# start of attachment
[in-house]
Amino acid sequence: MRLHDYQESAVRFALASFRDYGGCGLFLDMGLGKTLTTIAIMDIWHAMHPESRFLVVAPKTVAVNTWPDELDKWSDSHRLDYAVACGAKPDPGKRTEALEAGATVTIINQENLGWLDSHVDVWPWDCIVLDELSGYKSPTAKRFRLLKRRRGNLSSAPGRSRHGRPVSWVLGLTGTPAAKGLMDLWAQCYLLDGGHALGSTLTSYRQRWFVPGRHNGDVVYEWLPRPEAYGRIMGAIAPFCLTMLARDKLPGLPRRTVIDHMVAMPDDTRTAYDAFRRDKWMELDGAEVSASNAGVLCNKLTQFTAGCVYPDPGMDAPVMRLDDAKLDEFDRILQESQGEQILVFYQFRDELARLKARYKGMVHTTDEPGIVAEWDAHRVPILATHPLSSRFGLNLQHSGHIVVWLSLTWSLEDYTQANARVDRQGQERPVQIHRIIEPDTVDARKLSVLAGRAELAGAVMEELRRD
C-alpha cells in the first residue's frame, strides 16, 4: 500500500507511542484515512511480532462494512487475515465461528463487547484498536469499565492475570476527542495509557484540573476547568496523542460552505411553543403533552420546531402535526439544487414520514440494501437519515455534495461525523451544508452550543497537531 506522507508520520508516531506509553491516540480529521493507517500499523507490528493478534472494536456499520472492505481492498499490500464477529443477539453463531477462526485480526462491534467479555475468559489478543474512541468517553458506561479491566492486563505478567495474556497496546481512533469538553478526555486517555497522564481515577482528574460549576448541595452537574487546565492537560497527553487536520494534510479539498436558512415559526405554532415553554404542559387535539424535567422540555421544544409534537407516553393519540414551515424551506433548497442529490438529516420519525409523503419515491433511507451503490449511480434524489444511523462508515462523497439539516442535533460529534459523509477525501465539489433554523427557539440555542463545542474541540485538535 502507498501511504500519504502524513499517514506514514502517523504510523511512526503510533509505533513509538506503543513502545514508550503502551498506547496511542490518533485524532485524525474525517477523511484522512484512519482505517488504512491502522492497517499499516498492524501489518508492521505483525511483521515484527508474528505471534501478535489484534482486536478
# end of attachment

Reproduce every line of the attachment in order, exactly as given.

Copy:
[in-house]
Amino acid sequence: MRLHDYQESAVRFALASFRDYGGCGLFLDMGLGKTLTTIAIMDIWHAMHPESRFLVVAPKTVAVNTWPDELDKWSDSHRLDYAVACGAKPDPGKRTEALEAGATVTIINQENLGWLDSHVDVWPWDCIVLDELSGYKSPTAKRFRLLKRRRGNLSSAPGRSRHGRPVSWVLGLTGTPAAKGLMDLWAQCYLLDGGHALGSTLTSYRQRWFVPGRHNGDVVYEWLPRPEAYGRIMGAIAPFCLTMLARDKLPGLPRRTVIDHMVAMPDDTRTAYDAFRRDKWMELDGAEVSASNAGVLCNKLTQFTAGCVYPDPGMDAPVMRLDDAKLDEFDRILQESQGEQILVFYQFRDELARLKARYKGMVHTTDEPGIVAEWDAHRVPILATHPLSSRFGLNLQHSGHIVVWLSLTWSLEDYTQANARVDRQGQERPVQIHRIIEPDTVDARKLSVLAGRAELAGAVMEELRRD
C-alpha cells in the first residue's frame, strides 16, 4: 500500500507511542484515512511480532462494512487475515465461528463487547484498536469499565492475570476527542495509557484540573476547568496523542460552505411553543403533552420546531402535526439544487414520514440494501437519515455534495461525523451544508452550543497537531 506522507508520520508516531506509553491516540480529521493507517500499523507490528493478534472494536456499520472492505481492498499490500464477529443477539453463531477462526485480526462491534467479555475468559489478543474512541468517553458506561479491566492486563505478567495474556497496546481512533469538553478526555486517555497522564481515577482528574460549576448541595452537574487546565492537560497527553487536520494534510479539498436558512415559526405554532415553554404542559387535539424535567422540555421544544409534537407516553393519540414551515424551506433548497442529490438529516420519525409523503419515491433511507451503490449511480434524489444511523462508515462523497439539516442535533460529534459523509477525501465539489433554523427557539440555542463545542474541540485538535 502507498501511504500519504502524513499517514506514514502517523504510523511512526503510533509505533513509538506503543513502545514508550503502551498506547496511542490518533485524532485524525474525517477523511484522512484512519482505517488504512491502522492497517499499516498492524501489518508492521505483525511483521515484527508474528505471534501478535489484534482486536478